London tops NY as world's best place to do business

news
24 September 2015

If, as Napoleon said, ''England is a nation of shopkeepers,'' then they certainly do it better than anyone else. London has emerged as the most competitive financial centre in the world, overtaking New York and utterly dominating the rankings compiled by analysts at the Z/Yen Group this year.
The City of London
Underlining that John Bull is back, the capital topped every single category in the index, with the best business environment, the most developed financial centre, the most impressive infrastructure, the best human capital and the top overall reputation.

New York is the second best financial centre, followed by Hong Kong, Singapore and Tokyo.

London received a substantial boost from the Conservative victory in May's general election, the Global Financial Centres Index report said.

Labour, led at the time by Ed Miliband, was notably more hostile to business in the run-up to the vote.

The rejection of independence by Scottish voters was also a positive, with foreigners assessing the stability of London and Britain as a place to do business.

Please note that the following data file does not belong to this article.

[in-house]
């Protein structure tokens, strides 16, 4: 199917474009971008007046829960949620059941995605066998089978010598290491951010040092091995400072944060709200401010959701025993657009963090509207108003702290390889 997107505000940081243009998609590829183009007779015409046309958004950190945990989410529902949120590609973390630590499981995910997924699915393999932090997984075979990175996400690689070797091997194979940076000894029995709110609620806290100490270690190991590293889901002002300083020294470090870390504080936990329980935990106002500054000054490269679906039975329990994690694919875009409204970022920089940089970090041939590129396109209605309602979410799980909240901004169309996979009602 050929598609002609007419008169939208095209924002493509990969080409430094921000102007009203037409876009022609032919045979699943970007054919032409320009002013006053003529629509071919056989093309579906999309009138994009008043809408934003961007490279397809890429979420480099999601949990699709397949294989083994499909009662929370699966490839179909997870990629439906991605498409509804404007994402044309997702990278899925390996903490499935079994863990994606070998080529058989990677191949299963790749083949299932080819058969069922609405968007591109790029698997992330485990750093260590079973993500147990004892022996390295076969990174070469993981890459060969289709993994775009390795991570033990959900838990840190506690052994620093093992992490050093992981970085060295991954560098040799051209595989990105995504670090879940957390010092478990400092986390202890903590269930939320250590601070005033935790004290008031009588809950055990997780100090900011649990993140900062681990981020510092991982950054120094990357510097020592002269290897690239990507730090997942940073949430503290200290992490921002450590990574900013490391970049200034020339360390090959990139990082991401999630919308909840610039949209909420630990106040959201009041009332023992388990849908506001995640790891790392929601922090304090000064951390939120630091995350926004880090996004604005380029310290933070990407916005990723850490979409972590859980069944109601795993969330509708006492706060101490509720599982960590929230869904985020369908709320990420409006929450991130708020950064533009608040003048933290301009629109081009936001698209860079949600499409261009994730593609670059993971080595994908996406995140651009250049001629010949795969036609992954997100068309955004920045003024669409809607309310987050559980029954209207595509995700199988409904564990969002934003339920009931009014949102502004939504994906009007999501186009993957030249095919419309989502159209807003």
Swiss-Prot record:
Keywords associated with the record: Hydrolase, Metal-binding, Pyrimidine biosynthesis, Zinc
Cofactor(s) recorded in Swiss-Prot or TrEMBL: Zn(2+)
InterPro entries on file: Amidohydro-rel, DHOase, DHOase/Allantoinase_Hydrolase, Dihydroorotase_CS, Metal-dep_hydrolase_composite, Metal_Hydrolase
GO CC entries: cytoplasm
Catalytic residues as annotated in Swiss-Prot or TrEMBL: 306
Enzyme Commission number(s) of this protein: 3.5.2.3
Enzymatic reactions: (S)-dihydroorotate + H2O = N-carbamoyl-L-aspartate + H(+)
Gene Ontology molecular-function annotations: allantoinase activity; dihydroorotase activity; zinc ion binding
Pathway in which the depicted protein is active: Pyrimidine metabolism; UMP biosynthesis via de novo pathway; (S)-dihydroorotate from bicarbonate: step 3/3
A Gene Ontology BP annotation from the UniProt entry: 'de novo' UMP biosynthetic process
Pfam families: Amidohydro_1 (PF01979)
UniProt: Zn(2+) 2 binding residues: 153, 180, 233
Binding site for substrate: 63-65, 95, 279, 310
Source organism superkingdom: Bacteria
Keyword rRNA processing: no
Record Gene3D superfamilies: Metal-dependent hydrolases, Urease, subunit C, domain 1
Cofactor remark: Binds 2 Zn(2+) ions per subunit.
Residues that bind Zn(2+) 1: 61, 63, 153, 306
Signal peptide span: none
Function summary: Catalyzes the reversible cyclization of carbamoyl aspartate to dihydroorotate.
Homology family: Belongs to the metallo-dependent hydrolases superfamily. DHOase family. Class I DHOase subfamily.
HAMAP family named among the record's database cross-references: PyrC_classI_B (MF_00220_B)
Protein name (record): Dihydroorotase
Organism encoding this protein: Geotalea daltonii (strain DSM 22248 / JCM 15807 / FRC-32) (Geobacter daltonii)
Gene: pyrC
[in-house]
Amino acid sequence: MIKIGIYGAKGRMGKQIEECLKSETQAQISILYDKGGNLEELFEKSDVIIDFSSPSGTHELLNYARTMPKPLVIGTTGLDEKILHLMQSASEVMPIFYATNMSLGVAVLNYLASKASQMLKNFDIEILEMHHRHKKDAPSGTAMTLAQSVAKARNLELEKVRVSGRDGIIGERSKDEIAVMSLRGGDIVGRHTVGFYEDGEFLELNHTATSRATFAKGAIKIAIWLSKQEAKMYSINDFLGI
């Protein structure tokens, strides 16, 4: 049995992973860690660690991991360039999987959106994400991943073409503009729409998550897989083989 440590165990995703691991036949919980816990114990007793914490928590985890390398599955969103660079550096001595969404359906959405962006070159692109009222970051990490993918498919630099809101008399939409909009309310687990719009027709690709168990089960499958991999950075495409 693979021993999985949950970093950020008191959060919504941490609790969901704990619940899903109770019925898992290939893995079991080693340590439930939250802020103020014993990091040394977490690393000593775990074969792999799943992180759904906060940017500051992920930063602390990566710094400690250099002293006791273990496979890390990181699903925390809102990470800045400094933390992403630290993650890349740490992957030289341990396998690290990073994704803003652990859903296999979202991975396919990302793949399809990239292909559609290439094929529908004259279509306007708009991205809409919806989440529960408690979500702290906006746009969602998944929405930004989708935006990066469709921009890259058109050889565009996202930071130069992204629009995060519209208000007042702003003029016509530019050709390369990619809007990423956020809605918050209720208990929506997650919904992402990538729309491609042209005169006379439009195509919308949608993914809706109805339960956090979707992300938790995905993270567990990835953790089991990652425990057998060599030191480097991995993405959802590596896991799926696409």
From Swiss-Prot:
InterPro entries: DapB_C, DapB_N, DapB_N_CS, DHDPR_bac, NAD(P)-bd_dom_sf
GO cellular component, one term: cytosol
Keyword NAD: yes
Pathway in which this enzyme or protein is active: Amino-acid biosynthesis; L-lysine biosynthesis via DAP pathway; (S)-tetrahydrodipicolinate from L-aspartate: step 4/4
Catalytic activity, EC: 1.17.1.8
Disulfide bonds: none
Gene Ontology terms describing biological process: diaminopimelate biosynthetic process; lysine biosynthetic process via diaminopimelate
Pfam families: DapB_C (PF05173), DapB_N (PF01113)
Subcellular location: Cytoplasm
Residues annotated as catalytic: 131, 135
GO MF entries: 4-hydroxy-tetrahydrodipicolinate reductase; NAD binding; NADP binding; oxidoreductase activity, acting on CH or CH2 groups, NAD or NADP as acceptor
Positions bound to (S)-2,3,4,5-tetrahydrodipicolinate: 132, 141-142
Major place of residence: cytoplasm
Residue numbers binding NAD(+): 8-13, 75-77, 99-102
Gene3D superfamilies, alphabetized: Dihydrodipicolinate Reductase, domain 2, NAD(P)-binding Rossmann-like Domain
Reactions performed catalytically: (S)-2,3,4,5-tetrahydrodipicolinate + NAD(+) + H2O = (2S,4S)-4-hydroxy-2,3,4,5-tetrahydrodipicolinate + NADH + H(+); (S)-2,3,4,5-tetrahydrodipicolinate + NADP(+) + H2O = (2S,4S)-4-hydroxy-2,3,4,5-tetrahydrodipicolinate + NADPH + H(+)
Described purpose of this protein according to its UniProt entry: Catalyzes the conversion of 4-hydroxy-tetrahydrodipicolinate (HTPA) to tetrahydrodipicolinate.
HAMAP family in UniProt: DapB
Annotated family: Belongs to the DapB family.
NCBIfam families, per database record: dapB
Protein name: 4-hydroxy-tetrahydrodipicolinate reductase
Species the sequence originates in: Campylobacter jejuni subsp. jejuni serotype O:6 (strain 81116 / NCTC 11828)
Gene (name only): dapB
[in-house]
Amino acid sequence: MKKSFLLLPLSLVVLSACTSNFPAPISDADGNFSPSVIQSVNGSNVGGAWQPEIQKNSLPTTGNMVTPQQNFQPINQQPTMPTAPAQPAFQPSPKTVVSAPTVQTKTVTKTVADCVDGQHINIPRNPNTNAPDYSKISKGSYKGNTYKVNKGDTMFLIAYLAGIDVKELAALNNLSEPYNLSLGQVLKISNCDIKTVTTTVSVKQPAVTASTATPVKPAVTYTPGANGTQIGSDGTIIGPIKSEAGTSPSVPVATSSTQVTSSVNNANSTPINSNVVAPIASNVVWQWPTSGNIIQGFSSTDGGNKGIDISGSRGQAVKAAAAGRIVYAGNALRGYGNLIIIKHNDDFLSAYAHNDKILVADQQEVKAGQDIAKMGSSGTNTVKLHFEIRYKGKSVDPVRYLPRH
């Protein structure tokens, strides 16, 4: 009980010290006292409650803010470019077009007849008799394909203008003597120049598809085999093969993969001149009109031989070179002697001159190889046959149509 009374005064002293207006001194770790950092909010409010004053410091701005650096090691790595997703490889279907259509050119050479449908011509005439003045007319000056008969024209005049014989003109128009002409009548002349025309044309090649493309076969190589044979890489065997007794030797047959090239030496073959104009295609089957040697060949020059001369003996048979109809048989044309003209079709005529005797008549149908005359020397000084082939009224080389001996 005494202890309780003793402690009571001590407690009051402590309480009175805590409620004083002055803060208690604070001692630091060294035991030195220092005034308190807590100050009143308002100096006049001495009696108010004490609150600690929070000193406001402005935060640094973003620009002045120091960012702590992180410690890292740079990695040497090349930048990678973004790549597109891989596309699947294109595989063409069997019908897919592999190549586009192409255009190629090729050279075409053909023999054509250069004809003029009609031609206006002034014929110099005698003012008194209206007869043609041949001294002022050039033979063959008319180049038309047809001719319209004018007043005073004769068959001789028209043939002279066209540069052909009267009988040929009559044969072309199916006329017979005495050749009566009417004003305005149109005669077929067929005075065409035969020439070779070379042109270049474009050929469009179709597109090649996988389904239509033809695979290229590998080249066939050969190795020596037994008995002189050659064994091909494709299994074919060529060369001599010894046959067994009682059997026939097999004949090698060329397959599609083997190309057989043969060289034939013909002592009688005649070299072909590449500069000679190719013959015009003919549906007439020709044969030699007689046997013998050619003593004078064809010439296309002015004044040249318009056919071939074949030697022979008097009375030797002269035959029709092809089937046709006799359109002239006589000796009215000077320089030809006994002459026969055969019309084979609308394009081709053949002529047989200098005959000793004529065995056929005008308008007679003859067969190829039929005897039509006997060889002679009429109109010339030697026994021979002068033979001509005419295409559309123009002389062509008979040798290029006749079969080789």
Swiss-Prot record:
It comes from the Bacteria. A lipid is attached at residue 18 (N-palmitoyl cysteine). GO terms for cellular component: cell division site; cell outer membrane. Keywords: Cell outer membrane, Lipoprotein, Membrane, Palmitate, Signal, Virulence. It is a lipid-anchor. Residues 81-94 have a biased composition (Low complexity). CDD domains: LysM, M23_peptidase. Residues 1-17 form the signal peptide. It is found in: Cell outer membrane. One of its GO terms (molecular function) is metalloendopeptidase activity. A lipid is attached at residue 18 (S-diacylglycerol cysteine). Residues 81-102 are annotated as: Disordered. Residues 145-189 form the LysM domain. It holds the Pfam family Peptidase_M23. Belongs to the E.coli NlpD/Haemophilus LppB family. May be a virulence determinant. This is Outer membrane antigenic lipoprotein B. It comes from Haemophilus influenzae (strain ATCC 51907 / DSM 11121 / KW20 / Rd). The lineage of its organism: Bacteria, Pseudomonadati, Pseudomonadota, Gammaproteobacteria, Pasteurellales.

The depth and breadth of business activity also helped, with the strength of the professional services and insurance industries alongside banking giving London a boost in the rankings.

All the finance professionals surveyed ranked London very highly, indicating that it is a stable place to work.

Meanwhile, the biggest climber in the top 10 is Toronto, which moved up three spaces to be ranked at eight in the table.

But the fastest mover in the top 20 is Dubai, which rocketed up seven spaces in the annual rankings to claim the 16th slot globally.

The plunging oil price caused major stock price falls in late 2014, but the emirate is still the Middle East's premier financial centre and appears to be bouncing back after tumbling down the rankings last year.

The study found that respondents from Eastern Europe, North America and the Middle East were particularly favourable towards London, while those in Asia-Pacific, Western Europe and Latin America are less keen on the City's dominance.





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